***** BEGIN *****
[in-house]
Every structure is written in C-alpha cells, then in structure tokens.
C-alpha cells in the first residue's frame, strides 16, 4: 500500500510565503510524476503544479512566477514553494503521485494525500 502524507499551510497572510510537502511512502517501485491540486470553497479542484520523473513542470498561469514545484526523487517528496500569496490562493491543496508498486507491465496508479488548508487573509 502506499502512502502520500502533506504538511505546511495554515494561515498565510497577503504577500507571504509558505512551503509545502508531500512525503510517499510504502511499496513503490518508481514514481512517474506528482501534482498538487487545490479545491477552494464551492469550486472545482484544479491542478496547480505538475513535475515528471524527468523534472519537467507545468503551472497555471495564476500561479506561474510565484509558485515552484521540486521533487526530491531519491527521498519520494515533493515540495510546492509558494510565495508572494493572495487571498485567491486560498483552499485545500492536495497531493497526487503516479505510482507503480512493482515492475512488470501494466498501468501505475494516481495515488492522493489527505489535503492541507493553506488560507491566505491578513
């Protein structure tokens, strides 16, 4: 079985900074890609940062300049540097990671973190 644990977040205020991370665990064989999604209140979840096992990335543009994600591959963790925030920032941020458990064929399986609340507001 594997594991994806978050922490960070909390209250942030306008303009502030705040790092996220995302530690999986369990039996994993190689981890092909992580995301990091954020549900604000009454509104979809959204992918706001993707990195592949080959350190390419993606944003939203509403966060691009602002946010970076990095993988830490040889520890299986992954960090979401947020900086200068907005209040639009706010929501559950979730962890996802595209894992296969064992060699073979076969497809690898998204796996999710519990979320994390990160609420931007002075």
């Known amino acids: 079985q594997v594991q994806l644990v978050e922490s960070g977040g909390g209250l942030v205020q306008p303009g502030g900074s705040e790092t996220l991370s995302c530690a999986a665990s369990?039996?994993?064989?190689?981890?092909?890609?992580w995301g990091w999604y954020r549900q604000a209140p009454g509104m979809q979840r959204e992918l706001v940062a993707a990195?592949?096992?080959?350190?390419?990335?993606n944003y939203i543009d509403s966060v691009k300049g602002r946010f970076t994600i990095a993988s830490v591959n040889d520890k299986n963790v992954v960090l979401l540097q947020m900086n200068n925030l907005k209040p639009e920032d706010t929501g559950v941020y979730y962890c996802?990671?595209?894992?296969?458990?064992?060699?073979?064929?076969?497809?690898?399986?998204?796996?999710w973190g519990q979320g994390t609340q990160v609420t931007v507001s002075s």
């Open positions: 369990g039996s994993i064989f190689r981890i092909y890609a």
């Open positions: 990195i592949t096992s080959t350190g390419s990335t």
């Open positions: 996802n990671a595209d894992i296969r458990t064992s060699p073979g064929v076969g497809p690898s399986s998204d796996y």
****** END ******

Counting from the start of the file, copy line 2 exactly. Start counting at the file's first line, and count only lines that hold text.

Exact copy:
Every structure is written in C-alpha cells, then in structure tokens.